A second mortgage is a loan, in addition to your primary mortgage, that uses your home as collateral. Any homeowner who has 20 percent equity in their property and a decent credit score can get approved for a second mortgage in the form of a home equity loan or line of credit. While it might be easy to get approved for a new loan, it's important to understand when you should take out a second mortgage and when you should look for alternate ways to pay for expenses.
Why Do You Need a Second Mortgage?
From paying off debt, to sending a child to college, to going on a killer vacation, reasons people take out second mortgages vary tremendously.
A second mortgage can be a good idea if it means furthering future wealth in some way. Many investors use this money to buy income properties or start small businesses that will generate profit. Using a second mortgage to obtain an advanced degree that offers higher salary potential might also be an excellent use of a low-interest loan.
Taking on debt to fund things you can't afford to pay for in cash but want right now does not help improve your bottom line. Before using a second mortgage to pay for lifestyle upgrades, ask yourself: Are you okay to still be paying off this year's vacation or new refrigerator in 10 years?
Using a Second Mortgage to Pay Off Credit Card Debt
For people struggling with consumer debt, taking out a second mortgage to pay off credit cards can mean lower payments at a lesser interest rate. However, that strategy is not a good idea unless you first change the behavior that caused the debt in the first place. Otherwise, having available credit might tempt you back into debt - with the addition of having a new mortgage payment.
While money from a second mortgage might seem like a good idea in the current low interest rate climate, it's important to remember that your primary residence is securing the loan. Could you still make mortgage payments if you lost a job or had an extended illness?
No one wants crushing credit card payments, but if you default on consumer debt, the worst that happens is getting calls from creditors and taking a huge hit to your credit score. Credit card companies can't physically take anything away. Defaulting on a second mortgage could mean losing your home.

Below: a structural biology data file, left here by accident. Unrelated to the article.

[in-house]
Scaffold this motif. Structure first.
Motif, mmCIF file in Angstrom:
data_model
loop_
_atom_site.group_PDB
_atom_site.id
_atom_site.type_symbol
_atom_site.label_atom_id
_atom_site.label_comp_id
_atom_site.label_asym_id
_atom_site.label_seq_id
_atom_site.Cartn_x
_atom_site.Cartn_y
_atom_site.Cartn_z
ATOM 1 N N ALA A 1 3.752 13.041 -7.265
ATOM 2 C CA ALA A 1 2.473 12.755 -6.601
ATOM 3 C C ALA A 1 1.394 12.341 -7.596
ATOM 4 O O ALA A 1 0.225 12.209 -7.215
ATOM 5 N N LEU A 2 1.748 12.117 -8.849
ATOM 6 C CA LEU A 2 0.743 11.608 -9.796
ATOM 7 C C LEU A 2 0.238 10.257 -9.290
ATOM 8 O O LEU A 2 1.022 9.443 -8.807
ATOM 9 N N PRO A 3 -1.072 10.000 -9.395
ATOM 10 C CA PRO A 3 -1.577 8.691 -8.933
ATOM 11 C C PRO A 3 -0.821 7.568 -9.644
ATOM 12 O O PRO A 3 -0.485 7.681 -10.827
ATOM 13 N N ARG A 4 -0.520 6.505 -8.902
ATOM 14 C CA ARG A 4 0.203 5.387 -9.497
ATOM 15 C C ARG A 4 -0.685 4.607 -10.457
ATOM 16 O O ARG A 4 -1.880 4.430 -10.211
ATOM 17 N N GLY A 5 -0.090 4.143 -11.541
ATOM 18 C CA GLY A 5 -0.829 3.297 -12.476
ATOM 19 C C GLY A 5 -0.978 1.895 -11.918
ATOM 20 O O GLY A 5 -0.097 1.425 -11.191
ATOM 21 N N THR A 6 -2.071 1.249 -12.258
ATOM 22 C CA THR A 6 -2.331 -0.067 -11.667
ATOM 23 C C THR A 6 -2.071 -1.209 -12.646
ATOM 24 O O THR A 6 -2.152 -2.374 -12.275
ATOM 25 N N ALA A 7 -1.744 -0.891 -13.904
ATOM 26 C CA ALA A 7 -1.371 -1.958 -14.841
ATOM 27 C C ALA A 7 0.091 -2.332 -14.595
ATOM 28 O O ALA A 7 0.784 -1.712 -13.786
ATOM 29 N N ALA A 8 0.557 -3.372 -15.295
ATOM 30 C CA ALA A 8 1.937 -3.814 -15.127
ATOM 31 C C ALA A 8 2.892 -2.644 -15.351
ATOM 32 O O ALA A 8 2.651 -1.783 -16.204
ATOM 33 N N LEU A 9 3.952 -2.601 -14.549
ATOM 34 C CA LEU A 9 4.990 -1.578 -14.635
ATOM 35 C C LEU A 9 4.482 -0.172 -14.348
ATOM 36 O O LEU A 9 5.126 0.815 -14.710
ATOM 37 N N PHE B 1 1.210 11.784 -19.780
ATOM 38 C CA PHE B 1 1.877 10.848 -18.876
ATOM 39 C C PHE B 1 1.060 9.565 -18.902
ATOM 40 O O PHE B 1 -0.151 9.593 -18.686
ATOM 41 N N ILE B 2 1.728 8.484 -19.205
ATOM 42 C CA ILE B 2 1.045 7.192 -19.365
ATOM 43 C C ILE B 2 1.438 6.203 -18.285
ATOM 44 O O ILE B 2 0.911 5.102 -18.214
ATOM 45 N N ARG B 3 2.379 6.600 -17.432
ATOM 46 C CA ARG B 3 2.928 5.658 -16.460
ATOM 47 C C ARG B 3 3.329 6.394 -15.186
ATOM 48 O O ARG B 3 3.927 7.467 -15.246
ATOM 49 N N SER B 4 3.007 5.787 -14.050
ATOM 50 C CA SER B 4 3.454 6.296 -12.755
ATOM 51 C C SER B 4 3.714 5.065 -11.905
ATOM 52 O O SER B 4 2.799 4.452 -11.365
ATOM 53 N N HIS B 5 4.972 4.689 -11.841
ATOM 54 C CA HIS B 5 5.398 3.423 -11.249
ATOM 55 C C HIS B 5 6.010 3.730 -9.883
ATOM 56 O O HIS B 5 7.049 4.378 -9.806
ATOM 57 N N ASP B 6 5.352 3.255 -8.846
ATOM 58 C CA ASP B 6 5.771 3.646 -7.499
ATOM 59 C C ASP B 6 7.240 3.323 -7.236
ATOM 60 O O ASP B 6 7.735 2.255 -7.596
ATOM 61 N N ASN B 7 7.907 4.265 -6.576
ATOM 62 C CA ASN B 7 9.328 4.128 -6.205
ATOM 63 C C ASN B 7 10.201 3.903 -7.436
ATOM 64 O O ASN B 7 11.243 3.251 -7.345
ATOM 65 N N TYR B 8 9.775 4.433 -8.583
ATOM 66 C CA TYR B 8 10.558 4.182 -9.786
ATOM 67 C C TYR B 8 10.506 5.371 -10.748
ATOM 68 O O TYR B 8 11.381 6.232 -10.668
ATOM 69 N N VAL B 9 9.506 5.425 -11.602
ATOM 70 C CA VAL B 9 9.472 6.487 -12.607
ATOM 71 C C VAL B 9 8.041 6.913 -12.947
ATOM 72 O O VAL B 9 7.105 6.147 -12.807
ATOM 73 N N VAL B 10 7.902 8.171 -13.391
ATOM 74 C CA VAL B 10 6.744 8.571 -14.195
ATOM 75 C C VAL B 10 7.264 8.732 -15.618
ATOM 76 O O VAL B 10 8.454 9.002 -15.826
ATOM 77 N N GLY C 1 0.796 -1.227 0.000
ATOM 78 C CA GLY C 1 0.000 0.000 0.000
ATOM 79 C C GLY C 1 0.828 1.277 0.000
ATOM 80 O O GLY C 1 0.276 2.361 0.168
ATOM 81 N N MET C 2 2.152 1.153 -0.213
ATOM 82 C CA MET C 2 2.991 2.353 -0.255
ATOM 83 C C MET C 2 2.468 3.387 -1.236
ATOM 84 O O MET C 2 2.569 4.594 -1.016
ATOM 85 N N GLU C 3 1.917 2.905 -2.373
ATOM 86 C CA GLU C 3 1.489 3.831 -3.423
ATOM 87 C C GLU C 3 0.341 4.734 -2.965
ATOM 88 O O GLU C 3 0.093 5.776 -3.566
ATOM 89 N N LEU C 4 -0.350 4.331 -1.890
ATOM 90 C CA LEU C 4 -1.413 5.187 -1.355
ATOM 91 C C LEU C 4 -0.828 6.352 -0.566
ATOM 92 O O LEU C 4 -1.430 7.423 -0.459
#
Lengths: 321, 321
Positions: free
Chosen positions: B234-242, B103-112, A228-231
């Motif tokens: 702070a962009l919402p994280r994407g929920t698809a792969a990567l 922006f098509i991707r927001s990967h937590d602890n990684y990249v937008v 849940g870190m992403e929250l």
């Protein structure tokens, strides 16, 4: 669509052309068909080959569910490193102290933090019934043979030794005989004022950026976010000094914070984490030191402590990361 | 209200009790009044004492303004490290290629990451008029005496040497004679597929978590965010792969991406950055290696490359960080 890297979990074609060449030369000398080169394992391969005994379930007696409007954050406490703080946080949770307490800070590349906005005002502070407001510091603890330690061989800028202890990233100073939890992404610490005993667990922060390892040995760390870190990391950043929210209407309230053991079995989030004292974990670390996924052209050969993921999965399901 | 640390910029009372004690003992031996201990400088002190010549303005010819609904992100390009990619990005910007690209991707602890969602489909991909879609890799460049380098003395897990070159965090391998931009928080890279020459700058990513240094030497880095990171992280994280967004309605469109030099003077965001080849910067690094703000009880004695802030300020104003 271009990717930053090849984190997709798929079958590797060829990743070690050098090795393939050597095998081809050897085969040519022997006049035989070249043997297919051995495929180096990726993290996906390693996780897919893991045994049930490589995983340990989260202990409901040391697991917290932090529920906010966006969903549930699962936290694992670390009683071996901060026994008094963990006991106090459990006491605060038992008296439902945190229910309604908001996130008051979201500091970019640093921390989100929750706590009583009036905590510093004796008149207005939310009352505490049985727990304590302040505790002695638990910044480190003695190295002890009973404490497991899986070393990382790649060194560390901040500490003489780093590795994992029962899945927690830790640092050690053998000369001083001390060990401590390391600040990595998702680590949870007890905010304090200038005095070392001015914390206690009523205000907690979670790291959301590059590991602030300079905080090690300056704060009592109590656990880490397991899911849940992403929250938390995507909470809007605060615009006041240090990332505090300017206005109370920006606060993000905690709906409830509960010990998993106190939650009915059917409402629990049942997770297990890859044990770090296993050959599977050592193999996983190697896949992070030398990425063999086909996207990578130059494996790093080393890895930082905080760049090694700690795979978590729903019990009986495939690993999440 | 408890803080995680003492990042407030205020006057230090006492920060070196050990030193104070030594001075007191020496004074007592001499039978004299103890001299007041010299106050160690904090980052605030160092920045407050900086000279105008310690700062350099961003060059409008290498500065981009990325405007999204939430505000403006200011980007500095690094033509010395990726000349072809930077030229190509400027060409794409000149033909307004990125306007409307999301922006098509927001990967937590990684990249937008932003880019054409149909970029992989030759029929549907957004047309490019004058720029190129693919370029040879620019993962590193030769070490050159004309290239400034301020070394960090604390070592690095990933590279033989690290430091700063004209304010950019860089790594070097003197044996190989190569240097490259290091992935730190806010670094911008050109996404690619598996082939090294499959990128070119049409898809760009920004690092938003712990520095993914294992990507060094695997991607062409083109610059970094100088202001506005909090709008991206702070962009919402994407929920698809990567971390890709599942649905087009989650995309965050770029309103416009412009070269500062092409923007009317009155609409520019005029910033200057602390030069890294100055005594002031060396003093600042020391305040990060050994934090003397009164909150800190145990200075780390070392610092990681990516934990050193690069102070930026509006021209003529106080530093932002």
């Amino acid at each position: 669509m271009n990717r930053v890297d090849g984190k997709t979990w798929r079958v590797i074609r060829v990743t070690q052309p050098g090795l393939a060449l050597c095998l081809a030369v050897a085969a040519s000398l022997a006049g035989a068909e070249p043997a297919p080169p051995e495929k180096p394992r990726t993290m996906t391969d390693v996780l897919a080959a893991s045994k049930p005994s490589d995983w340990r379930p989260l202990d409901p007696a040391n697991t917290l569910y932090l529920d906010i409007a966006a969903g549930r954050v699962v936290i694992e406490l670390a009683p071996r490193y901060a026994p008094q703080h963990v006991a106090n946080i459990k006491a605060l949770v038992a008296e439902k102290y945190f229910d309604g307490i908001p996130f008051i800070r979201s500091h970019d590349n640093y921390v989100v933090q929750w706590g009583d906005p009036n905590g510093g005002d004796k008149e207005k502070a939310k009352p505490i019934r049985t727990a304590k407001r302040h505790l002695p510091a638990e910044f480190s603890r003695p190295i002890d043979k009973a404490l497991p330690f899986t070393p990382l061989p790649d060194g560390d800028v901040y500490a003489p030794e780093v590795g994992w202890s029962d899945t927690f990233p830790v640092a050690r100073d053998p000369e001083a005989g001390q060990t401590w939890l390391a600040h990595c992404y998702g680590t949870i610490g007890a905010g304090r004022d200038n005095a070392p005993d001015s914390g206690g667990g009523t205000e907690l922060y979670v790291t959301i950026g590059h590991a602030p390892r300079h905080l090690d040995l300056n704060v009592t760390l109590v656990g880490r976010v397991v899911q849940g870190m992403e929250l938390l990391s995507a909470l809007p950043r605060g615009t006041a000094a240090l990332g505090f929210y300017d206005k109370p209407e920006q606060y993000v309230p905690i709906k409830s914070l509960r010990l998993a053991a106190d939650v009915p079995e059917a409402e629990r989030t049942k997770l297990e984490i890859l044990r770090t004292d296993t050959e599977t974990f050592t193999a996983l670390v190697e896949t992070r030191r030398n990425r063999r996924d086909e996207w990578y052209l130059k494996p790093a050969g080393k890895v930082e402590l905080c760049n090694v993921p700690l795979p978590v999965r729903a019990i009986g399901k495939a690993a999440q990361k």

A Second Mortgage to Avoid PMI
Private mortgage insurance or PMI, is that pesky monthly fee that homeowners have to pay if their down payment was less than 20 percent. In some situations, taking out a primary mortgage for 80 percent of the loan and using a home equity loan and a smaller down payment to fund the balance can eliminate PMI. Just be sure that the costs of the second mortgage aren't more than the cost of paying PMI.
Alternatives to Taking a Second Mortgage
If you aren't sure that a second mortgage is a good idea, you have options. It might be possible to refinance your home into a lower interest rate or longer loan term without adding extra debt. If you have a large amount of home equity, it could be a good idea to sell your current home and downsize to a more affordable living situation. Lowering your monthly house payment can free up money to use for expenses or investments.
Increasing Income Instead of Adding Debt
Finally, most people can make more money if they are willing to take on more hours at work or add a side job. In many cases, it's well worth the effort to increase income to afford an upcoming expense rather than increasing debt with a second mortgage or other loan.
Whether or not you should take out a second mortgage is something that should be carefully considered. If borrowing more money means increasing wealth, it can be a good way to leverage debt to your advantage. If more debt means risking your home, it's probably not a smart idea.
Kim Parr is an author who writes about achieving financial success on Eyes on the Dollar.